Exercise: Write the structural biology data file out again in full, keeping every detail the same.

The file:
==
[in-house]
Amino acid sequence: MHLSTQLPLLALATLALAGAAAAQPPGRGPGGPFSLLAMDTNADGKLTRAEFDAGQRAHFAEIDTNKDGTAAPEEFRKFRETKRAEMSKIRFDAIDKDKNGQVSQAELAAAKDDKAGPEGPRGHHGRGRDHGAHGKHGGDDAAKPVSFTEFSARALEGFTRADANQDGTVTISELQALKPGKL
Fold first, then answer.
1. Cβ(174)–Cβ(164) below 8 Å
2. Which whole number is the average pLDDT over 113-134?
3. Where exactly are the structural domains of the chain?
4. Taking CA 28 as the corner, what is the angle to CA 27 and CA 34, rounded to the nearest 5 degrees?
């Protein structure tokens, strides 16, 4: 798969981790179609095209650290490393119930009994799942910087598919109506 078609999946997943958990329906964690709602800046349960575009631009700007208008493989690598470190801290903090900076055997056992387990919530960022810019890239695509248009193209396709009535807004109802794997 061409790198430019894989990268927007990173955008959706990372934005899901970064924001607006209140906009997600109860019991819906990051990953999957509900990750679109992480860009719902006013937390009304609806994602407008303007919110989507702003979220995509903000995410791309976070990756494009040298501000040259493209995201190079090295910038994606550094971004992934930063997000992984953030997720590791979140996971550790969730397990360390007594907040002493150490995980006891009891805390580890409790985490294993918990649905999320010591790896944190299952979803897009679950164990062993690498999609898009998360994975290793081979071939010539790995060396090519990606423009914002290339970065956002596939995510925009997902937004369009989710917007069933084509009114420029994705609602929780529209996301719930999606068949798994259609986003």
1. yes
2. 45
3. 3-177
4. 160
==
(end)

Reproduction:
[in-house]
Amino acid sequence: MHLSTQLPLLALATLALAGAAAAQPPGRGPGGPFSLLAMDTNADGKLTRAEFDAGQRAHFAEIDTNKDGTAAPEEFRKFRETKRAEMSKIRFDAIDKDKNGQVSQAELAAAKDDKAGPEGPRGHHGRGRDHGAHGKHGGDDAAKPVSFTEFSARALEGFTRADANQDGTVTISELQALKPGKL
Fold first, then answer.
1. Cβ(174)–Cβ(164) below 8 Å
2. Which whole number is the average pLDDT over 113-134?
3. Where exactly are the structural domains of the chain?
4. Taking CA 28 as the corner, what is the angle to CA 27 and CA 34, rounded to the nearest 5 degrees?
């Protein structure tokens, strides 16, 4: 798969981790179609095209650290490393119930009994799942910087598919109506 078609999946997943958990329906964690709602800046349960575009631009700007208008493989690598470190801290903090900076055997056992387990919530960022810019890239695509248009193209396709009535807004109802794997 061409790198430019894989990268927007990173955008959706990372934005899901970064924001607006209140906009997600109860019991819906990051990953999957509900990750679109992480860009719902006013937390009304609806994602407008303007919110989507702003979220995509903000995410791309976070990756494009040298501000040259493209995201190079090295910038994606550094971004992934930063997000992984953030997720590791979140996971550790969730397990360390007594907040002493150490995980006891009891805390580890409790985490294993918990649905999320010591790896944190299952979803897009679950164990062993690498999609898009998360994975290793081979071939010539790995060396090519990606423009914002290339970065956002596939995510925009997902937004369009989710917007069933084509009114420029994705609602929780529209996301719930999606068949798994259609986003």
1. yes
2. 45
3. 3-177
4. 160